Thus, I think it is inappropriate to superficially attribute every in any country to lack of education, political backwardness or social inadequacy.

  • Chris

    It is a fact that your complaints are based on ignorance. No one 'cracked' remarks. No one acted as if poverty were a social desease. No one said anything about Muslims being poor. In fact, no one said anything about Muslim societies.

    You are just ignorant and making things up. Seems like my opinion is based on the observable facts of your actual postings.

    What are islamic characteristics? That you believe there are islamic characteristics may show that along with being ignorant, you're also a bigot.

  • Addamo


    You have a poor aptitude for communication. You addressed Orang and myself, and made no direction to JohD, so spare us the melodramatic dismay.

  • JohD

    bigotry = Your opponents opinions.

  • Addamo

    Facts? Your post is full of opinion, but no facts, and certainly no links to suggest any.

    Where did I use the term "cracked"? You seem have mistaken me for someone else.

    You seem to be confused between making things up and expressing an opinion. Are you objecting to my right to do so? You don’t; seem to be a particularly big fan of freedom of expression.

    Nor did I recall making any reference to "Islamic characteristics".

    Evidently you have misquoted me. How does your comment qualify as "observable facts of your actual postings", when nothing you have quoted came from me? You really do live in a bubble don't you Chris?

    Why are you creating straw men Chris? Is there a point to your post, or are you stuck in one of your rhetorical loops where the word of the day happens to be "ignorance"?

  • JohD

    "Sarcasm aside, many of the Arab states have despotic governments. Many have a population steeped in poverty and ignorance." – Chris

    Sarcasm aside, these cracks about the "ignorance" and "poverty" of Arab societies are characteristic of racist Zionist discourse and betray an underlying supremacist mindset. Certainly many Leaders of Arab countries are Authoritarian, but 'despotic' is a term that is a tad overused.

    Let us put it aside, and accept that I am a bigot, what redeeming characteristics does Islam have, or if you prefer, what redeeming qualities do Arab societies have, if any, according to you, since I have never seen you mention any?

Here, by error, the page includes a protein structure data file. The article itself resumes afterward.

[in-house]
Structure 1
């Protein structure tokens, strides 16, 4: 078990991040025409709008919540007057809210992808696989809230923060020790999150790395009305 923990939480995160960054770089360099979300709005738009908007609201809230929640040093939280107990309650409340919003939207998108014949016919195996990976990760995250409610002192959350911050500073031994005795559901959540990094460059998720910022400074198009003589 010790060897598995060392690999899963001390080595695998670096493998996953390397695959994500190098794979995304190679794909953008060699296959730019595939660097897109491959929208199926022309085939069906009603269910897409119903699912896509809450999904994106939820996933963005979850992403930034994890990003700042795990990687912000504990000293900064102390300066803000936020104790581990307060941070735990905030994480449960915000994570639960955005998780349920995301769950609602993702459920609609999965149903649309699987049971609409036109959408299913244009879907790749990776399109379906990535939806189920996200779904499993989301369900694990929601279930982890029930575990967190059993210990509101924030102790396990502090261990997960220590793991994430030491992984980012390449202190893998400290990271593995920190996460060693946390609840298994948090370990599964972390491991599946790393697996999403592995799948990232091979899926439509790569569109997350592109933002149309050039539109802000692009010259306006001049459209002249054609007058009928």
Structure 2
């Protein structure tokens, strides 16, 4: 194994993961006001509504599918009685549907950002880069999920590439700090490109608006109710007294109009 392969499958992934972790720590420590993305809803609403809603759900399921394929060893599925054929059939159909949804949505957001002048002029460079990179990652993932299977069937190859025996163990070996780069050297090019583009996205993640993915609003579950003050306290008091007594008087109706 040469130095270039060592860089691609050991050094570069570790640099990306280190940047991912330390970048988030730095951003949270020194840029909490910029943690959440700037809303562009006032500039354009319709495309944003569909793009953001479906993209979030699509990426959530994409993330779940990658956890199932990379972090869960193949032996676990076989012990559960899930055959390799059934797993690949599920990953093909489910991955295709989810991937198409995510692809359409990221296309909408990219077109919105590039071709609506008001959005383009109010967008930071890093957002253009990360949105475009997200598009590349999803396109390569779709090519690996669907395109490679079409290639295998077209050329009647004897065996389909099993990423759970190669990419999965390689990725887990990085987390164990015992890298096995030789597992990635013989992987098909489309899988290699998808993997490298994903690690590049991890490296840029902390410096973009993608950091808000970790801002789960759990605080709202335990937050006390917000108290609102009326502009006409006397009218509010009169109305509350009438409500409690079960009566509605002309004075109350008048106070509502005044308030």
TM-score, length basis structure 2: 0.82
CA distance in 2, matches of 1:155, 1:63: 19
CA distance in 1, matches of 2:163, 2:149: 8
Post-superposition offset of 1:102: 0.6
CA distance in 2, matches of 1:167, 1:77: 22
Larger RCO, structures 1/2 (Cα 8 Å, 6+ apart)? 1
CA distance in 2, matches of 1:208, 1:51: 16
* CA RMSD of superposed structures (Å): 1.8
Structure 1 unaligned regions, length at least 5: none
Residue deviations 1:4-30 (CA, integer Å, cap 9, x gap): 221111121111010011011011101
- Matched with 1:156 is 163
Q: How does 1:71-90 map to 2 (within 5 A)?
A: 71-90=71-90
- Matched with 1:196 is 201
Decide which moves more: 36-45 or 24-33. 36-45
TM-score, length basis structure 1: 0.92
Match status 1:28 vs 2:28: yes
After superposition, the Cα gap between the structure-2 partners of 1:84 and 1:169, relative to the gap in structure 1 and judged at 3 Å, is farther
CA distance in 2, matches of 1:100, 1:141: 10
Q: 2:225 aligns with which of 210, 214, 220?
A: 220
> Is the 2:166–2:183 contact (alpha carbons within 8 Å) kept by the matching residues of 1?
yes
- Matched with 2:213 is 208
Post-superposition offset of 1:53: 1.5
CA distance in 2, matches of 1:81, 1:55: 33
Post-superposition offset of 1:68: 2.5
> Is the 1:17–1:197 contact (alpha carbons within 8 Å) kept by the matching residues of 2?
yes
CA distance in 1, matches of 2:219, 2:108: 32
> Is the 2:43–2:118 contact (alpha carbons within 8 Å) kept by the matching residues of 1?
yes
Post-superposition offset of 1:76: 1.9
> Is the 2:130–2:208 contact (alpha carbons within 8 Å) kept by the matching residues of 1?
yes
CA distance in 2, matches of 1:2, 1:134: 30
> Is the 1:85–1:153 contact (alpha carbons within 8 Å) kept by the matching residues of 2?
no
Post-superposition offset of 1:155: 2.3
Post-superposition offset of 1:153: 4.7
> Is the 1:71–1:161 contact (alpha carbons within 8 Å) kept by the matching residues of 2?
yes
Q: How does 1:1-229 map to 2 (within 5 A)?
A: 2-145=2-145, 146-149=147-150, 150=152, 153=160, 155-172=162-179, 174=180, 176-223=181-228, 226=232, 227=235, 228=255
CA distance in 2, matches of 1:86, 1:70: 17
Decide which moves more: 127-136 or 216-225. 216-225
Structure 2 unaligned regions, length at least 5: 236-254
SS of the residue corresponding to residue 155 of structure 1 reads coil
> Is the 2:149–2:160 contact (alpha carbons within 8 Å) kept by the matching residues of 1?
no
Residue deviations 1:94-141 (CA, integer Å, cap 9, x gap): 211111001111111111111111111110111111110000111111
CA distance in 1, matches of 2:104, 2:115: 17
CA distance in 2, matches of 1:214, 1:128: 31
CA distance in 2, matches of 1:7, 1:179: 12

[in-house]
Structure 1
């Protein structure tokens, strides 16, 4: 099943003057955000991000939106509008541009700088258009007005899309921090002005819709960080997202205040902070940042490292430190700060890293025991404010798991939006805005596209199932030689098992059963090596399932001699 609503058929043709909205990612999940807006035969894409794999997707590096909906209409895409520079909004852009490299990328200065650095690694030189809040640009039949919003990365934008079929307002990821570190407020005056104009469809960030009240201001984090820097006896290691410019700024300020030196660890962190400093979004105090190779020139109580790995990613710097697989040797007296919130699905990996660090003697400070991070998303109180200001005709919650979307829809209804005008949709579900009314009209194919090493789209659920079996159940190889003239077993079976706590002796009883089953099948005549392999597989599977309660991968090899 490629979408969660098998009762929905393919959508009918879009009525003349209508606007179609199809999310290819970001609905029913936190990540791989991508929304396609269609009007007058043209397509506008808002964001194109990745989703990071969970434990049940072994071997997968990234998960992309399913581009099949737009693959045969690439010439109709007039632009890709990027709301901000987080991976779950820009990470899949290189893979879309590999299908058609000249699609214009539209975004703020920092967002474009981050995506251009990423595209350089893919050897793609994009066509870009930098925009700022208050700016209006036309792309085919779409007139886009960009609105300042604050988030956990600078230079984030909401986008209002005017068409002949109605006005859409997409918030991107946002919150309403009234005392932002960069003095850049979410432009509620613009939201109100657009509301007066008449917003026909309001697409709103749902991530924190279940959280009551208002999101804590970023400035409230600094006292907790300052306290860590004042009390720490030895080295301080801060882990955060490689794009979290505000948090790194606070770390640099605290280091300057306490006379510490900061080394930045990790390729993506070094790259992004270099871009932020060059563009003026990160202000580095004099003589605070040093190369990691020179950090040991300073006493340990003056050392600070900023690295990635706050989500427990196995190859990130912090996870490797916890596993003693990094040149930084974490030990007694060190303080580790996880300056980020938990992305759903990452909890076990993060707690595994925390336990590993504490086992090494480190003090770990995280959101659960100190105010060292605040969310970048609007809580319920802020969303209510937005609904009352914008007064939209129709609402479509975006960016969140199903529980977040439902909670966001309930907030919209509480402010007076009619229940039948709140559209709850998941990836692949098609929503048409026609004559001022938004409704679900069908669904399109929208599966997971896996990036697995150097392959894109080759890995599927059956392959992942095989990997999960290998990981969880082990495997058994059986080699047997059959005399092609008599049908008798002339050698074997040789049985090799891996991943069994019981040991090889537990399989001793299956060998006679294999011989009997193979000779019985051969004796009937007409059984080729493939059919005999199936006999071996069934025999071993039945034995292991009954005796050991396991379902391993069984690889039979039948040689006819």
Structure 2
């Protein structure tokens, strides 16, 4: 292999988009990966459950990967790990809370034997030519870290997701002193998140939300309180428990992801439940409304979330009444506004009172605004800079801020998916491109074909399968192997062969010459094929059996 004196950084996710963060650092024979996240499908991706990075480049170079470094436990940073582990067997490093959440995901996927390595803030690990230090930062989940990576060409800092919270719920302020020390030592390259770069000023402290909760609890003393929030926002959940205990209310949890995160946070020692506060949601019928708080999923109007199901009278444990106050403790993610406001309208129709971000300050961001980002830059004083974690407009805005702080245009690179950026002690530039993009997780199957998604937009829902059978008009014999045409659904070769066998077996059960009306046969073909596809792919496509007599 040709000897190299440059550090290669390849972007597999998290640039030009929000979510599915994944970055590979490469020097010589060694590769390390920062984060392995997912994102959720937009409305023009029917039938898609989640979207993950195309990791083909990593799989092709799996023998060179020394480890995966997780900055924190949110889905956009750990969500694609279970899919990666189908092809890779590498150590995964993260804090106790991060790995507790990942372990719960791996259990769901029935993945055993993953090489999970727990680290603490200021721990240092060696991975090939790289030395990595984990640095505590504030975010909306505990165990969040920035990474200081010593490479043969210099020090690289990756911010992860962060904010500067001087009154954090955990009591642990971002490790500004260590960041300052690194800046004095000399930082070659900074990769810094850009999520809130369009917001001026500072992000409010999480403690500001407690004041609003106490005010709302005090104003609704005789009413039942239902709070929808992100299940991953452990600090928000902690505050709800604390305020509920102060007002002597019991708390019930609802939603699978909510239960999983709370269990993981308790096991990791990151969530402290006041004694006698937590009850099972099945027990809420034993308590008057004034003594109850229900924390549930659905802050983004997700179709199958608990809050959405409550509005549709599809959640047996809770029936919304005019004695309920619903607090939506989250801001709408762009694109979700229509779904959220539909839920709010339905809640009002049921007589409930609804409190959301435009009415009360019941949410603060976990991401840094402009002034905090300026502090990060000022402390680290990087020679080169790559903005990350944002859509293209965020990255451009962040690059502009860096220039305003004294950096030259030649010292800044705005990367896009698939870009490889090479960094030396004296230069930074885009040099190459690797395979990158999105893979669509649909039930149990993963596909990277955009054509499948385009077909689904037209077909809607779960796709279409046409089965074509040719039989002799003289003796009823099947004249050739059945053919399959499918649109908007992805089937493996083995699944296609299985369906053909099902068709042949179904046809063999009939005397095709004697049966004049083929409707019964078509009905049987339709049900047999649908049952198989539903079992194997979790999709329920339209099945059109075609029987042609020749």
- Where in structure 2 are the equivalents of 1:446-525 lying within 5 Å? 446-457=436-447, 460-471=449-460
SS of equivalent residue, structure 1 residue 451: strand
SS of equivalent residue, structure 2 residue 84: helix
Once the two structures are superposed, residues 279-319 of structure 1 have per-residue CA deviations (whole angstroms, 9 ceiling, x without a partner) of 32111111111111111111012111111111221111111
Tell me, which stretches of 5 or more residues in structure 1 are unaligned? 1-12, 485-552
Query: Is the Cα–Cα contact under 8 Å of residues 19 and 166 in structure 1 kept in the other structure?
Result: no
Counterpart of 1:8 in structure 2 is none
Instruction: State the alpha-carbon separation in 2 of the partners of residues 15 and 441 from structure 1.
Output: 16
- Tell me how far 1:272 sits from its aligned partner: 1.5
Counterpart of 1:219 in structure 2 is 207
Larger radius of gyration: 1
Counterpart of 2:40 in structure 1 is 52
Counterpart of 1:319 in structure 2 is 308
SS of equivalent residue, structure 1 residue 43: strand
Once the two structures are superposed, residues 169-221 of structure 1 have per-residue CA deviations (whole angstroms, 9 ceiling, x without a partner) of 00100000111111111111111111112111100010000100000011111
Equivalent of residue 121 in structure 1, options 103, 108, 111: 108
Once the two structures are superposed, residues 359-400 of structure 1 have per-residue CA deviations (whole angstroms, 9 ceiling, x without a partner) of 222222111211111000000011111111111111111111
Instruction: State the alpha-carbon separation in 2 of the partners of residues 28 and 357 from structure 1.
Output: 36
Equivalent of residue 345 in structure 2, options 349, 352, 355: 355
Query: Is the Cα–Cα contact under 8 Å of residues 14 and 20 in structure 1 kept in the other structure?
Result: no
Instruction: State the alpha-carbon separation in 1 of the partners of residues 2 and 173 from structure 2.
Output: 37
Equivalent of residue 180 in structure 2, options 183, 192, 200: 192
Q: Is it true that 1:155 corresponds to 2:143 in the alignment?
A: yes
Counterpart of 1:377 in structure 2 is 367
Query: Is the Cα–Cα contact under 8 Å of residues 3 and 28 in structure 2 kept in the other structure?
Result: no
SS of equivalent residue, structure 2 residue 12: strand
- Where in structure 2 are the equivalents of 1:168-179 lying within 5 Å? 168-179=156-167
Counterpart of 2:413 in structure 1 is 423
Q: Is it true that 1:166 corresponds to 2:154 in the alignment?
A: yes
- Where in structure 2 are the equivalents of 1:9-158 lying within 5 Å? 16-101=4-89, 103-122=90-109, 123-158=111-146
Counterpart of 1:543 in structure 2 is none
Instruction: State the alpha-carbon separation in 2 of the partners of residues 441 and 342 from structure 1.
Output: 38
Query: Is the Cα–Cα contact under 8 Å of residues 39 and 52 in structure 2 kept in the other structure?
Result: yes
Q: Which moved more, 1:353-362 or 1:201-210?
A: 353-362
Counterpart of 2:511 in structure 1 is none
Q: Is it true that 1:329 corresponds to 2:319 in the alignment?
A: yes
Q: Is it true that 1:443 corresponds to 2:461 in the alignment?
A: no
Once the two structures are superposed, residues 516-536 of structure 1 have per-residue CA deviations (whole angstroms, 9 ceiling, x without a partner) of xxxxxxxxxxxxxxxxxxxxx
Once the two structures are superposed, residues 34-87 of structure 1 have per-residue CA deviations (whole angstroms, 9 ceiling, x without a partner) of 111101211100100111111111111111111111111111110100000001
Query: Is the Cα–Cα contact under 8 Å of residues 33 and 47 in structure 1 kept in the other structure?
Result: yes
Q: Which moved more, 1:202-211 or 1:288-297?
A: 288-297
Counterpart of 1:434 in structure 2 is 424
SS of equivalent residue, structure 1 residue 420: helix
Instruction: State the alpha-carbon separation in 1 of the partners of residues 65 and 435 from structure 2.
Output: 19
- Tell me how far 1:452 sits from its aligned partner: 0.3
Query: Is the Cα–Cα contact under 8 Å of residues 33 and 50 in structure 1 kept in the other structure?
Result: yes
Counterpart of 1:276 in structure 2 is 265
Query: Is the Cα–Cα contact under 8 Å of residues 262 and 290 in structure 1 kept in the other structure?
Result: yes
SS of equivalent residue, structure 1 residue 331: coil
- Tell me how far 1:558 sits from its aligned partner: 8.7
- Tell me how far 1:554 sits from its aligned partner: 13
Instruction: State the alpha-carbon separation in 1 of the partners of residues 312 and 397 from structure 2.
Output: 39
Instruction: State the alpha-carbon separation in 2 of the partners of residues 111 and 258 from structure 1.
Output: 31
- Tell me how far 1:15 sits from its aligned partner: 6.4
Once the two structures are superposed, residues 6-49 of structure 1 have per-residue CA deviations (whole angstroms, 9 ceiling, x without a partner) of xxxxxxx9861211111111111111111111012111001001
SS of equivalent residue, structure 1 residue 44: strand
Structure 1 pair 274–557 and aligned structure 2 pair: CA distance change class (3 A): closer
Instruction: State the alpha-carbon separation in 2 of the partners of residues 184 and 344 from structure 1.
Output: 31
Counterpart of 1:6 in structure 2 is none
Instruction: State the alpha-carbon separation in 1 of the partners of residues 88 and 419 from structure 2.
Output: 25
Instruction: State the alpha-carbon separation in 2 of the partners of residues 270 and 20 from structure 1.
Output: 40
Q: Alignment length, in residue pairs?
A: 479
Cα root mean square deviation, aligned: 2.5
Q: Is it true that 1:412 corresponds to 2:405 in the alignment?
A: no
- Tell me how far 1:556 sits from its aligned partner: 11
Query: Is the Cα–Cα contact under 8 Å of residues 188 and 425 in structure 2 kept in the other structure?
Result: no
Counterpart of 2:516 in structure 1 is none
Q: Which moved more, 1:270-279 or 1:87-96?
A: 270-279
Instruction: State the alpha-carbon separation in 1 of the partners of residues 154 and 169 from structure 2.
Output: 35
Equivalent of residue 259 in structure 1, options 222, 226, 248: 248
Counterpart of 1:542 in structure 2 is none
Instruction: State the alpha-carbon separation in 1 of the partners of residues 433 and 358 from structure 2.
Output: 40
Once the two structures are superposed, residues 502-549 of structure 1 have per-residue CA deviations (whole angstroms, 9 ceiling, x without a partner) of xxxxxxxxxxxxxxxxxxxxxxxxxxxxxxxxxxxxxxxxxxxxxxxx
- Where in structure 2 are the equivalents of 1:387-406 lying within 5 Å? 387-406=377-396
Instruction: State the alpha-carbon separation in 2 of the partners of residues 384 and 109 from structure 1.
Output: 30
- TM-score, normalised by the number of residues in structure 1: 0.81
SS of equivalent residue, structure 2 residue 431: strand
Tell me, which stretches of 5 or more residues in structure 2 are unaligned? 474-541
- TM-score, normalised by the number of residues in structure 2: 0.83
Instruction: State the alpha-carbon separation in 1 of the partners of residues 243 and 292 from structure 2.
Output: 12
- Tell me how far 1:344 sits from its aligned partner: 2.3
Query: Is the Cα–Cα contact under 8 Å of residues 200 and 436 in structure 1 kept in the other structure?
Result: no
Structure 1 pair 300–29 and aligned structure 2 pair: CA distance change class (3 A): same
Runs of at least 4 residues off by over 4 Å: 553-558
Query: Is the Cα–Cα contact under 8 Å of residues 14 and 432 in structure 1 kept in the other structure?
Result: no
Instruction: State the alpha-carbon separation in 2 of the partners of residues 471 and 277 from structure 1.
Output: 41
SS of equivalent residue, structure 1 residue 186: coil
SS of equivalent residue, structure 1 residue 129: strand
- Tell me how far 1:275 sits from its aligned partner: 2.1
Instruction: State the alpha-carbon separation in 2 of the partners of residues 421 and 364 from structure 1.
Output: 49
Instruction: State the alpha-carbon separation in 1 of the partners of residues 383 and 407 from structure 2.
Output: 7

• JohD

    Also, can you explain what constitutes 'ignorance' in your abovementioned passage. What is 'Ignorant' about Arab societies? Do they not understand politics? Do they kill their infant offspring? They can't read & write? What?

  • Addamo

    Well put Joh,

    Let's also be reminded that these authoritarian leaders are often in positions of power becasue they are protected by Washington, who has repeatedly exhibited an intorenace fo self determination and real democracy.

  • orang

    "Do they not understand politics?"

    Aha! Therein lies the problem. "We", think the ME arabs are just as stupid as we are when it comes to politics/government. Precisely because of their history, there is innate skepticism on the street. Do the arabs believe the Iraqi invasion was for the good of Iraqi's for instance? …Put more lipstick on that pig before you try flying it..

  • Chris

    Addamo andd Orang, please accept my apologies for ignoring your posts. This is not written with either of you in mind.

    Again, no 'cracks' were made. Perhaps your bigotry makes you imagine things. Your statements about racist behavior just deeper ingrains the understanding that you are the bigot.

    That you are upset over the number of times a term is used is rather ridiculous. I can't believe you even mentioned it other than to have some irrelevant thing to whine about.

    Again, your quest for redeeming value in Islam is just a readmission of bigotry.

    The only claim of any ignorance was directed at your knowledge level based on your post. It appears that you post out of ignorance.

  • Chris

    Sorry for yopur confusion, but I will continue to address johd’s obvious bigotry without worry about your petty insults.


    Again, no ‘cracks’ were made. Perhaps your bigotry makes you imagine things. Your statements about racist behavior just deeper ingrains the understanding that you are the bigot.

    That you are upset over the number of times a term is used is rather ridiculous. I can’t believe you even mentioned it other than to have some irrelevant thing to whine about.

    Again, your querry for redeeming value in Islam is just a readmission of bigotry.

    The only claim of any ignorance was directed at your knowledge level based on your post. It appears that you post out of ignorance.

  • Chris

    Johd, rereading your last post, it appears that you are stating that orang's and addamo's comments equal bigotry. How did you come to that conclusion?